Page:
New arrivals on Blu-ray and DVD this week: Jason Statham stars as the assassin Arthur in the remake of The Mechanic; Kat Dennings plays a sardonic teenager in lust opposite Reece Thompson in Daydream Nation; and Anthony Hopkins takes on the powers of the devil in The Rite.
Whether you’re talking about animals, aliens, or professionals, people have always been fascinated by predators and killers. We seem to like thinking about what is it that makes these creatures operate on such a different level, and how they can do what they are clearly born to do.
That might partially explain why there are so many movies about hired guns and assassins, but there is another side of that puzzle: tough-guy stars like Charles Bronson and Jason Statham come across as being incredibly cool, and fans are predictably easy to please when it comes to your average action movie.
In this remake of the 1972 Charles Bronson movie of the same name, Statham stars as Arthur Bishop, a modern-day assassin who is the best at what he does: eliminating targets in the cleanest way possible, without making it actually look like someone has been assassinated.
When Arthur’s mentor Harry is murdered, however, the usually detached and professional killer has an uncontrollable urge to hunt down and destroy whoever is responsible. The only complication for Arthur’s plan is when Harry’s son Steve, played by Ben Foster, approaches the assassin and asks if he can help track down the murderer and learn the tricks of the trade.
Without trying to ruin the movie for anyone, the interesting thing about this remake is that it’s obviously a lightly written knock-off that strives for action sequences more than it wants to deal with the dimensions of the character. The original film had Arthur as a far more complex soul, and that made it a touchstone for a certain kind of cerebrally-driven action movie of yesteryear.
By contrast, the remake did not earn very positive reviews, but most critics didn’t exactly hate it either.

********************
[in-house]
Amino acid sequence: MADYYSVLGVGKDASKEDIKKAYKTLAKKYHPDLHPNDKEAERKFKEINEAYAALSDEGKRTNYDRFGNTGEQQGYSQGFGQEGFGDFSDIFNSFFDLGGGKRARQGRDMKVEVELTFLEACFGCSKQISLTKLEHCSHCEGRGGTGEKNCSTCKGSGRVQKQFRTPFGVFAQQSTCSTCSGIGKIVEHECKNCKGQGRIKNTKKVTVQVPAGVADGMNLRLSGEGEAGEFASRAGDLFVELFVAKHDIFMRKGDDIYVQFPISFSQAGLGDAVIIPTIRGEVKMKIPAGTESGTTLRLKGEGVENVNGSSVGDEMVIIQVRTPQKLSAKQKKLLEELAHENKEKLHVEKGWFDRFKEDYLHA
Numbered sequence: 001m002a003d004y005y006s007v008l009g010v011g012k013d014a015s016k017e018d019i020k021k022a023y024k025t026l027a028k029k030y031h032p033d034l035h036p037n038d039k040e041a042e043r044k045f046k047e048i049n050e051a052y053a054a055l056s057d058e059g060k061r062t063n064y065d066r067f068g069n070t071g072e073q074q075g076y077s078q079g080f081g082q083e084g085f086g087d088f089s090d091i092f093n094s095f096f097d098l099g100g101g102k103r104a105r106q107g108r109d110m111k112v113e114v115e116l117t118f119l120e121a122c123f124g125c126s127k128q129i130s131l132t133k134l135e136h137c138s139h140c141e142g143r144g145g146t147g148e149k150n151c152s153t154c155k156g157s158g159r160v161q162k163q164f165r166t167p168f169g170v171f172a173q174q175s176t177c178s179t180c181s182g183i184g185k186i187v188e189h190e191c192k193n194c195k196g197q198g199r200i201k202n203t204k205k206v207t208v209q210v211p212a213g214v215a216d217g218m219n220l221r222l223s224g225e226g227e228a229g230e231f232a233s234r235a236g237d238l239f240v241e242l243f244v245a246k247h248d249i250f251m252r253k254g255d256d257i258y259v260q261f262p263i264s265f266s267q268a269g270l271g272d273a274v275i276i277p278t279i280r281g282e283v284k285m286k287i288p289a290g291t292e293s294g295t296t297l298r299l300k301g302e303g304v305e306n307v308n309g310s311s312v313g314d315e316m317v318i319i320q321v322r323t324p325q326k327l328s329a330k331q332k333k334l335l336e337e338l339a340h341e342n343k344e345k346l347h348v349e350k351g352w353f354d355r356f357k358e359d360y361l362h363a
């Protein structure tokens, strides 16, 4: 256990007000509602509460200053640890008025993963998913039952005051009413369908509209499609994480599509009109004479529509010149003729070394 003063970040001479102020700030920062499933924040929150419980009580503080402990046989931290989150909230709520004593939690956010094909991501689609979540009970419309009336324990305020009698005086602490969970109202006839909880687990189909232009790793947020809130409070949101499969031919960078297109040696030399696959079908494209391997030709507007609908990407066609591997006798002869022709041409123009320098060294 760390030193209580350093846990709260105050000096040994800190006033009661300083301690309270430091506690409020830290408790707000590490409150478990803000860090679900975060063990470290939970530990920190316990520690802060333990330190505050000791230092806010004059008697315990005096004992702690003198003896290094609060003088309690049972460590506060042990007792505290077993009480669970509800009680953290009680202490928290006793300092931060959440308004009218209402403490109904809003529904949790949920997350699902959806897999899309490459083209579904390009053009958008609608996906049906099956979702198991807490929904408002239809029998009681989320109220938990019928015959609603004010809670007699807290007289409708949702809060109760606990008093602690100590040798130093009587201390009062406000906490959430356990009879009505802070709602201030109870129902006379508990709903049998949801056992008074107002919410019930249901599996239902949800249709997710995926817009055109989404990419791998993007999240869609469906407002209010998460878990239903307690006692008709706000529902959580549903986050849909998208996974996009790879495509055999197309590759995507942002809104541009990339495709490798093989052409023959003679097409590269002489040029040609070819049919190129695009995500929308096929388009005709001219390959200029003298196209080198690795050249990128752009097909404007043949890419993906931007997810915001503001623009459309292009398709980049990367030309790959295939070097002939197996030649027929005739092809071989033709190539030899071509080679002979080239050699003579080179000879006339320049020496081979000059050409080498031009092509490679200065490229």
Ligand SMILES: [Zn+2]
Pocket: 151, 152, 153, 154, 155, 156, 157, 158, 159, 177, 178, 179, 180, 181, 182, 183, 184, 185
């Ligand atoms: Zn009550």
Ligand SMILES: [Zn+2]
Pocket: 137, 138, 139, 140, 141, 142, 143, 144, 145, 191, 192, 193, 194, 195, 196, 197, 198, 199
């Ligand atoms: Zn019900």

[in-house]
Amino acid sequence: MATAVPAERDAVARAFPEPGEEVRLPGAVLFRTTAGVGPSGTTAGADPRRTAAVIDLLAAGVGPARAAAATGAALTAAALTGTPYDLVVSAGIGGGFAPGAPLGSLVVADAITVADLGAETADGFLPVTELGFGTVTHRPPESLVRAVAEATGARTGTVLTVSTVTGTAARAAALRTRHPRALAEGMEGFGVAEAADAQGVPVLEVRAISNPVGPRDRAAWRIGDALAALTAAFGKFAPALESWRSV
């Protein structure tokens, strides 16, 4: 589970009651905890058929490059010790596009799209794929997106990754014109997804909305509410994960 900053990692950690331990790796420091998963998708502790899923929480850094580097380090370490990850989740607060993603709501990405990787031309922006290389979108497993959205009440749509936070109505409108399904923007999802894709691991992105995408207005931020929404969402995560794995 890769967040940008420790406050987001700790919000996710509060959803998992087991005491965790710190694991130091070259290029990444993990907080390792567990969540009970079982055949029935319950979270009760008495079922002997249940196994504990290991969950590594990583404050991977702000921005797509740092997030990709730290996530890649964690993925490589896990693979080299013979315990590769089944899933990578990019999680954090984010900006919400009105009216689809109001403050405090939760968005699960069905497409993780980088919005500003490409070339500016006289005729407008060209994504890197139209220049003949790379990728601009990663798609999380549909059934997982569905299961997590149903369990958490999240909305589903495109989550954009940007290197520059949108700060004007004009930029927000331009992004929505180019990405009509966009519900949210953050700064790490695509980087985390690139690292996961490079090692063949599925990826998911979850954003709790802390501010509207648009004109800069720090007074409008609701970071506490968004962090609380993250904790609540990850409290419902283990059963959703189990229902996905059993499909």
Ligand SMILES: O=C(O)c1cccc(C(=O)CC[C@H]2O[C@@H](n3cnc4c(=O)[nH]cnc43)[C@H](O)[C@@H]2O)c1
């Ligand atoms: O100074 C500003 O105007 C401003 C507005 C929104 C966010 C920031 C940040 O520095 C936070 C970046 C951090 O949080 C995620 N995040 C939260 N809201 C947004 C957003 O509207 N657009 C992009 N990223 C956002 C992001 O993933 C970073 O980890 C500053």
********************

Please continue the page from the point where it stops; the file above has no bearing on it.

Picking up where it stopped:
“That scowl on Jason Statham’s face may not have budged a millimetre since Lock, Stock and Two Smoking Barrels, but his latest action flick proves that his grim Cockney-lout routine can still be plenty effective,” wrote Jason Anderson for Toronto’s Eye Weekly.
Todd McCarthy from the Hollywood Reporter was less impressed, writing in his review that this version of The Mechanic is a, “[f]rantic, numbing redo of the Charles Bronson original for hardcore Statham and action fans only.”
You could be forgiven for feeling a little dirty after watching Childstar director Michael Goldbach’s dramedy Daydream Nation, a film that stars Kat Dennings as a high-schooler stringing along her English teacher and a fellow student at the same time.
Dropped into a small, middle-of-nowhere town when her father moves from the city, Caroline (Dennings) is bored and the only amusement is seducing Mr. Anderson, played by Josh Lucas, to forget his troubles, and his scruples, and sleep with her. Meanwhile, Thurston, played by Reece Thompson, adores Caroline and wants to be with her, but she only seems interested when it suits her best, which is slowly driving Thurston a little crazy.
Blending humour into a surrealist coming-of-age-style drama, Daydream Nation is well wrought, and Dennings is the perfect star as this wily girl who can’t stand boredom, but the film stumbles, and never fills in much story about the characters. Daydream Nation is far more concerned with wit than detailed storytelling, and while that makes for a snappy film, it feels like the characters are missing a little something, like souls, perhaps.
Raise your hand if you’re just a little bit tired of all the aimless exorcism movies that have been coming out over the last few years. Although there are some good ones, the majority of them seem to use the exact same formula without bothering to spice things up in the least.
The latest exorcism failure comes from 1408 director Mikael Håfstrom, with Anthony Hopkins as the unorthodox Father Lucas, a priest who takes a fledgling seminary student, played by Colin O’Donoghue, under his wing to train him in the darkness that dwells on Earth. The two would-be champions of the faith are severely tested when they encounter an evil that neither of them may be prepared to face.
Rated at just 19% fresh on RottenTomatoes.com, The Rite is one of Hopkins’ biggest disasters in years, and as Nick Pinkerton of the Village Voice wrote, “Director Mikael Håfström’s foot-dragging pace makes a pretense of intent character study, but Michael’s spiritual trials are occluded by Michael Petroni’s patchy screenplay.”
And Andrea Gronvall of the Chicago Reader wrote, “Horror fans may be disappointed by this handsome exorcism drama, which aspires to the serious religious feeling of William Friedkin’s The Exorcist but delivers little of its shock or gore.”